WASHINGTON — With record-low levels of new-vehicle supply and no near-term fix for replenishment, most dealerships using the "last in, first out" inventory accounting method now face significant tax burdens, and the deadline to pay up is fast approaching.
Businesses on LIFO — a tax deferment strategy used by about half of the nation's new-vehicle dealerships — must maintain a sufficient level of inventory at year end to avoid triggering a potentially large income tax bill.
But production issues related to COVID-19 and the microchip shortage greatly reduced the flow of new vehicles to dealership lots and curtailed inventories starting in 2020 and worsening in 2021. That made the long-deferred income suddenly taxable at federal and state levels.
For some dealers, the LIFO recapture has led to additional tax payments from $100,000 to $2 million or more, and those bills are due in less than two weeks for dealerships structured as pass-through entities or C corporations.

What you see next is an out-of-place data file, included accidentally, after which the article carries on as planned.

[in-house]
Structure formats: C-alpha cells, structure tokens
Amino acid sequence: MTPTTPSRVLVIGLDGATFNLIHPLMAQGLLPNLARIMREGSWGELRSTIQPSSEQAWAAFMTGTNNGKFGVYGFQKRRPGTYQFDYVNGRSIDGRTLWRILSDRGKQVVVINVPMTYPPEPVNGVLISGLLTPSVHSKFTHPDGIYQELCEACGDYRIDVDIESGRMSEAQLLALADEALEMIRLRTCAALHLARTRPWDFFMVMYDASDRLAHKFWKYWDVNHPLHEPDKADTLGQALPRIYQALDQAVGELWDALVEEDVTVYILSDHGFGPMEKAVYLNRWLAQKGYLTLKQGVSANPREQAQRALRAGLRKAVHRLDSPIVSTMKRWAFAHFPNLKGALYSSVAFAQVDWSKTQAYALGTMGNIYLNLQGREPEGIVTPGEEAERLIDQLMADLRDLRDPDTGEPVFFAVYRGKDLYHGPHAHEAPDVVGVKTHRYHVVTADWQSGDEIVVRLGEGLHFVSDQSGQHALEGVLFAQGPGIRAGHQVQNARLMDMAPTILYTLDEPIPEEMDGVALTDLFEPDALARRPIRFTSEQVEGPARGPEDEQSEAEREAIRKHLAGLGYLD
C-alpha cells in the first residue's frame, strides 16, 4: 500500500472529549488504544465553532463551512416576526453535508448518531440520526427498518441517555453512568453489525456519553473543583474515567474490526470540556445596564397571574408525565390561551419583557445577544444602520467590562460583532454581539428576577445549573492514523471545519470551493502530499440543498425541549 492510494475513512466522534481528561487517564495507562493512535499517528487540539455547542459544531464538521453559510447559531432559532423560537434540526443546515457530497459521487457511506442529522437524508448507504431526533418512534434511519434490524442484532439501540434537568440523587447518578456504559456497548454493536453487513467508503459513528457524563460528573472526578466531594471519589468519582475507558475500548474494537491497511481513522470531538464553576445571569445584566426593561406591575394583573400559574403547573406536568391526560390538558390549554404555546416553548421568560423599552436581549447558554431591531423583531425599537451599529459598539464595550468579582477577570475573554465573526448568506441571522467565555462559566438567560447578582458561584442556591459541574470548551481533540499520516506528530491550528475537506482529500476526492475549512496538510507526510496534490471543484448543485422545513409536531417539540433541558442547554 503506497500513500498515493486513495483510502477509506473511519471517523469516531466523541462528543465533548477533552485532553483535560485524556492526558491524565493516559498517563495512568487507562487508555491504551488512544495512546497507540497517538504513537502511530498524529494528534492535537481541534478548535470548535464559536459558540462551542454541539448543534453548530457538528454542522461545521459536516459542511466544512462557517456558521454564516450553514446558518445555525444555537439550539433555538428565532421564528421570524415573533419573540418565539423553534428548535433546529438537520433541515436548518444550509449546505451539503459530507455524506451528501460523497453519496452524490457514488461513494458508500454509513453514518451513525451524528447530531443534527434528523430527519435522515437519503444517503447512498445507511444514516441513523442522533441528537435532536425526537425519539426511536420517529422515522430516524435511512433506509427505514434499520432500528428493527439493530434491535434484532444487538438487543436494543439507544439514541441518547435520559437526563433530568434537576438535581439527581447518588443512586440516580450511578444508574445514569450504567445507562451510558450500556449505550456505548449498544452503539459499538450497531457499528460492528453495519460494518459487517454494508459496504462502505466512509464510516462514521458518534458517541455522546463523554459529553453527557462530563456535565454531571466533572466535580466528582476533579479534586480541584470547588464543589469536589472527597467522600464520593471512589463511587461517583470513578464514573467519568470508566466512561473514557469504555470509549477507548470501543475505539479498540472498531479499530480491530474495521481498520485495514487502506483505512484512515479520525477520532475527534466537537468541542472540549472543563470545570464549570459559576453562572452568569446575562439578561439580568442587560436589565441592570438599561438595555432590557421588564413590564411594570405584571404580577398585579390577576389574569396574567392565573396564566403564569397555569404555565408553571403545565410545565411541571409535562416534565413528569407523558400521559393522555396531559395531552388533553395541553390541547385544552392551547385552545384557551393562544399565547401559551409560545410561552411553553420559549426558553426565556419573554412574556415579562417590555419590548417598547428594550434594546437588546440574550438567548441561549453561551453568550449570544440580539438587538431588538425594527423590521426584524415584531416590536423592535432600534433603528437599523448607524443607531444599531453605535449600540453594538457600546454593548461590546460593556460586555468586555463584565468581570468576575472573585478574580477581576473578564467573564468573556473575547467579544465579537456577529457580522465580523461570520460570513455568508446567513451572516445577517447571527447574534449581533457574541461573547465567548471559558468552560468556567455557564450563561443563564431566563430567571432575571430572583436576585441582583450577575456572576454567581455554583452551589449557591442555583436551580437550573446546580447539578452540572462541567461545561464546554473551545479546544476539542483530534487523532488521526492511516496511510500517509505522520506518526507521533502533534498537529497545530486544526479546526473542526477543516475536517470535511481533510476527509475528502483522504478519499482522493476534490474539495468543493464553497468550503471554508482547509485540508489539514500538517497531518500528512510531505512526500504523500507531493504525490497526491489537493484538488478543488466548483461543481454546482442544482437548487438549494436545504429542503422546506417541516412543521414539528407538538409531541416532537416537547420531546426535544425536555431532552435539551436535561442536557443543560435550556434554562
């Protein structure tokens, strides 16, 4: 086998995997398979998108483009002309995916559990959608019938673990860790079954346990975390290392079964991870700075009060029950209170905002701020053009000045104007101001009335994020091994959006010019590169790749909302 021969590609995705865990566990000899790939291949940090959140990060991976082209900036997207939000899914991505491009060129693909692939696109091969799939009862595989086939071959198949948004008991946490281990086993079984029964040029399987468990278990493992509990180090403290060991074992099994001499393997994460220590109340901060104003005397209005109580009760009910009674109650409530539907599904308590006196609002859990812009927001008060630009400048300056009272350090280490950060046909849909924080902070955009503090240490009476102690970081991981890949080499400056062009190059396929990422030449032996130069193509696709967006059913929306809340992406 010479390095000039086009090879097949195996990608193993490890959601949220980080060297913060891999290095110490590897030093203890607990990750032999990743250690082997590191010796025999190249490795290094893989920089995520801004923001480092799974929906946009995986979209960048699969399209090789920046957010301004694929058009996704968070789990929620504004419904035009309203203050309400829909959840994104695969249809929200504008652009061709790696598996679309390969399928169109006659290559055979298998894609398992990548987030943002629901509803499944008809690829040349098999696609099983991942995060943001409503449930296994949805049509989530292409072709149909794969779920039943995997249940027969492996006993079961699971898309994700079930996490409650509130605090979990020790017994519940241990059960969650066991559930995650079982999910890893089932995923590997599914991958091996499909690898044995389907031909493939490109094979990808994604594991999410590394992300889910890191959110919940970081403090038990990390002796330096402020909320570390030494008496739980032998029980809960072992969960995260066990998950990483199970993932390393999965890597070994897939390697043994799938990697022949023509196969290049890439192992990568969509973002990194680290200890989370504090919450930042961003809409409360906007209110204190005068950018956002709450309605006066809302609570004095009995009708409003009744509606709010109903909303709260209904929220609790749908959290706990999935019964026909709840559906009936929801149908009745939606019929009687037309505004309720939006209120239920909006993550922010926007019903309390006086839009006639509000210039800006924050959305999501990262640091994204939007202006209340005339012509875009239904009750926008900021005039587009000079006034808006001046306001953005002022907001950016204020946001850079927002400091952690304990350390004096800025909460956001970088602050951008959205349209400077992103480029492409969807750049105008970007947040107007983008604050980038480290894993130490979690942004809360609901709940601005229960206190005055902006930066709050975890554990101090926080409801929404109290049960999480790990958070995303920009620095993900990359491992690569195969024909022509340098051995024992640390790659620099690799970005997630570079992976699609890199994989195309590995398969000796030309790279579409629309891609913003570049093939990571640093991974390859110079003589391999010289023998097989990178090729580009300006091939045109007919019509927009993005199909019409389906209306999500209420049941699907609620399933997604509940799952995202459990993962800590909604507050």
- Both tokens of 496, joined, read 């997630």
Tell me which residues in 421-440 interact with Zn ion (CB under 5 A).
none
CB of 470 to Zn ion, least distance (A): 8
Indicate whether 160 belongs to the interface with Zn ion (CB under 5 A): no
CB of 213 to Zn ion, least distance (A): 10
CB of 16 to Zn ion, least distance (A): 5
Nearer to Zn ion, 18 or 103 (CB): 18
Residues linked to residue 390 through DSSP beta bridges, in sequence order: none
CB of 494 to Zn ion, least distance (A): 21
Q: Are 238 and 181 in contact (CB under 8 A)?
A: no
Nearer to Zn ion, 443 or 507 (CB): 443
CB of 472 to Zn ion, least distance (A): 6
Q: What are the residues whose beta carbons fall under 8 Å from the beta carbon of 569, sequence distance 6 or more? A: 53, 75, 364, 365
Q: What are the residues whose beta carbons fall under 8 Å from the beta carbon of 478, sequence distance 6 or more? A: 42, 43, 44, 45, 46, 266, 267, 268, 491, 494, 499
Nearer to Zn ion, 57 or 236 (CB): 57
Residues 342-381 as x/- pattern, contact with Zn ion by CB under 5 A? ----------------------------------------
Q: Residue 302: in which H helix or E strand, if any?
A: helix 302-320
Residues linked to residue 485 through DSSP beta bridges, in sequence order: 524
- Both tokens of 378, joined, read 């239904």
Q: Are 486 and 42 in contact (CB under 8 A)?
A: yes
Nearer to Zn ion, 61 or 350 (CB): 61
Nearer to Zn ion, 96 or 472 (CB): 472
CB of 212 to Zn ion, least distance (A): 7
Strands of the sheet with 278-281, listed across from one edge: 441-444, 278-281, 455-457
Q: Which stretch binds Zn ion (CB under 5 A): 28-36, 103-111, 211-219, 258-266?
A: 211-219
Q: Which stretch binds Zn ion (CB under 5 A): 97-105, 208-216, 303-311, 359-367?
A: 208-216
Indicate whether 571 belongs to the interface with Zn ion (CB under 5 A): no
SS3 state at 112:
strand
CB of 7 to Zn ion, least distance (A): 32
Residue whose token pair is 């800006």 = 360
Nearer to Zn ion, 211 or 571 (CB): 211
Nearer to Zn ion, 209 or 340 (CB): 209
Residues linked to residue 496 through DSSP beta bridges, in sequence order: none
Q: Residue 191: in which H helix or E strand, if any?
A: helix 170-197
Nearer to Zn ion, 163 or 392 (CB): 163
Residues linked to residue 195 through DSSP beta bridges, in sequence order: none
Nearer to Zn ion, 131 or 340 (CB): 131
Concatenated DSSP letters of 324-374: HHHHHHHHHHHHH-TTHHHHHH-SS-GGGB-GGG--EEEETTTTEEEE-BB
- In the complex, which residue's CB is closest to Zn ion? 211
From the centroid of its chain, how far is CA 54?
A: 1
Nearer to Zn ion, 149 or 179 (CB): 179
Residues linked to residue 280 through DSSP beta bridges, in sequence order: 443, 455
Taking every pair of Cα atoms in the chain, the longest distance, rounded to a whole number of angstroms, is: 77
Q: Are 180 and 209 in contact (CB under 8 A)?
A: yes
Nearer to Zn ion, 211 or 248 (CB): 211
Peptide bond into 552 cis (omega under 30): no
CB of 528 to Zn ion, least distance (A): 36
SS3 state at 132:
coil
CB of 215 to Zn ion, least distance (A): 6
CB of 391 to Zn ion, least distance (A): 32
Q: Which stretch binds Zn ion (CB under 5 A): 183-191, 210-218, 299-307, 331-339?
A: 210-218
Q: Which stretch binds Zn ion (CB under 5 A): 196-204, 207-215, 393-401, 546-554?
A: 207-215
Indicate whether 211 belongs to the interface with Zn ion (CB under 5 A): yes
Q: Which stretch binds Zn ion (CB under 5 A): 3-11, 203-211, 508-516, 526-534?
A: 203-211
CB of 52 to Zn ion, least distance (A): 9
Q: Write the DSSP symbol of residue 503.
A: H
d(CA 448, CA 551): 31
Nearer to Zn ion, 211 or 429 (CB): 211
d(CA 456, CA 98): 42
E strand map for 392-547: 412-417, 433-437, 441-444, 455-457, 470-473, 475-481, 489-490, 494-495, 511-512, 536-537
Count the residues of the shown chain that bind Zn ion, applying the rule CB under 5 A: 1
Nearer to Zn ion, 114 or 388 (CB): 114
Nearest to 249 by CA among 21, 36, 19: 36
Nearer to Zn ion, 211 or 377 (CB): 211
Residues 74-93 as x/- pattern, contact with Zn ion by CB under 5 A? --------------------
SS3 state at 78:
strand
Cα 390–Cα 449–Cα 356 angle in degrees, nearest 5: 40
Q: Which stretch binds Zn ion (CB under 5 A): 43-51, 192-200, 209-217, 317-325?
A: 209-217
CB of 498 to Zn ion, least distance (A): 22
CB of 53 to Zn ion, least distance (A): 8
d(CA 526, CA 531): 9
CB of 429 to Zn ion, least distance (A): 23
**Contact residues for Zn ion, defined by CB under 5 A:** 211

"Whether they file an extension or don't file an extension, they still have to pay the tax by April 18," said Dan Cheyney, national practice leader of the automotive and dealer services group at accounting firm Moss Adams. "The urgency is very real."
Despite a barrage of fruitless attempts by the National Automobile Dealers Association, a bipartisan group of U.S. lawmakers and others to persuade the Treasury Department to activate a never-before-used provision, known as Section 473, in the nation's tax code that could provide relief to dealers, a sliver of hope remains.